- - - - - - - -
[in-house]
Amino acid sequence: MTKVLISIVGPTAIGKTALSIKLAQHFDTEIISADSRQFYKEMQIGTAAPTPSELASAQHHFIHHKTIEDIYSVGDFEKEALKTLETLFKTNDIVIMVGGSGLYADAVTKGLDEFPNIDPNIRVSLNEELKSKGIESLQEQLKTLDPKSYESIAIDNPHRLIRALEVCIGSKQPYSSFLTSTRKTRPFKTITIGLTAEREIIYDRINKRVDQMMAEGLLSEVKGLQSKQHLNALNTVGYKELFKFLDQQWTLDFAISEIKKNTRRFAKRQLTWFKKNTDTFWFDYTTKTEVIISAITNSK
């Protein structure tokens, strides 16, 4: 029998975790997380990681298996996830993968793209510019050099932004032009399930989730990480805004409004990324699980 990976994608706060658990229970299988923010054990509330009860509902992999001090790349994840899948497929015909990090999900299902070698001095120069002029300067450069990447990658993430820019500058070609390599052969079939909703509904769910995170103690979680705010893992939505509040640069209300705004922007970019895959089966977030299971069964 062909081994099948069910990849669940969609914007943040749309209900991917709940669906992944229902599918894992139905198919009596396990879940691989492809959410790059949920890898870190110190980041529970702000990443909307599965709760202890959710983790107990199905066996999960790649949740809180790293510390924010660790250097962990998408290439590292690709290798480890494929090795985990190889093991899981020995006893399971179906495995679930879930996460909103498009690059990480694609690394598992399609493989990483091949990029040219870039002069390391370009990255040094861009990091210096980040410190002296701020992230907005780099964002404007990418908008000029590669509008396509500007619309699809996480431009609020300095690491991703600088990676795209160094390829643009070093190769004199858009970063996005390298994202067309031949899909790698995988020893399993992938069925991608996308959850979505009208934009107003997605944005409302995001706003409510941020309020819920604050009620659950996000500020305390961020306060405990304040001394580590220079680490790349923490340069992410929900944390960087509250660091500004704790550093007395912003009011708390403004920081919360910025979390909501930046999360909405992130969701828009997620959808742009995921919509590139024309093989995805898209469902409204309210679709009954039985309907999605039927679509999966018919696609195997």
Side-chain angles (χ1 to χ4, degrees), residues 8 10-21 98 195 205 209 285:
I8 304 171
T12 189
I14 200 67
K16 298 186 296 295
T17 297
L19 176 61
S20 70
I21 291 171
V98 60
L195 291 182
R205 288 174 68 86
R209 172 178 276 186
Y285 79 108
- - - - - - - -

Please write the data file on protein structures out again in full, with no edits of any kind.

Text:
[in-house]
Amino acid sequence: MTKVLISIVGPTAIGKTALSIKLAQHFDTEIISADSRQFYKEMQIGTAAPTPSELASAQHHFIHHKTIEDIYSVGDFEKEALKTLETLFKTNDIVIMVGGSGLYADAVTKGLDEFPNIDPNIRVSLNEELKSKGIESLQEQLKTLDPKSYESIAIDNPHRLIRALEVCIGSKQPYSSFLTSTRKTRPFKTITIGLTAEREIIYDRINKRVDQMMAEGLLSEVKGLQSKQHLNALNTVGYKELFKFLDQQWTLDFAISEIKKNTRRFAKRQLTWFKKNTDTFWFDYTTKTEVIISAITNSK
């Protein structure tokens, strides 16, 4: 029998975790997380990681298996996830993968793209510019050099932004032009399930989730990480805004409004990324699980 990976994608706060658990229970299988923010054990509330009860509902992999001090790349994840899948497929015909990090999900299902070698001095120069002029300067450069990447990658993430820019500058070609390599052969079939909703509904769910995170103690979680705010893992939505509040640069209300705004922007970019895959089966977030299971069964 062909081994099948069910990849669940969609914007943040749309209900991917709940669906992944229902599918894992139905198919009596396990879940691989492809959410790059949920890898870190110190980041529970702000990443909307599965709760202890959710983790107990199905066996999960790649949740809180790293510390924010660790250097962990998408290439590292690709290798480890494929090795985990190889093991899981020995006893399971179906495995679930879930996460909103498009690059990480694609690394598992399609493989990483091949990029040219870039002069390391370009990255040094861009990091210096980040410190002296701020992230907005780099964002404007990418908008000029590669509008396509500007619309699809996480431009609020300095690491991703600088990676795209160094390829643009070093190769004199858009970063996005390298994202067309031949899909790698995988020893399993992938069925991608996308959850979505009208934009107003997605944005409302995001706003409510941020309020819920604050009620659950996000500020305390961020306060405990304040001394580590220079680490790349923490340069992410929900944390960087509250660091500004704790550093007395912003009011708390403004920081919360910025979390909501930046999360909405992130969701828009997620959808742009995921919509590139024309093989995805898209469902409204309210679709009954039985309907999605039927679509999966018919696609195997």
Side-chain angles (χ1 to χ4, degrees), residues 8 10-21 98 195 205 209 285:
I8 304 171
T12 189
I14 200 67
K16 298 186 296 295
T17 297
L19 176 61
S20 70
I21 291 171
V98 60
L195 291 182
R205 288 174 68 86
R209 172 178 276 186
Y285 79 108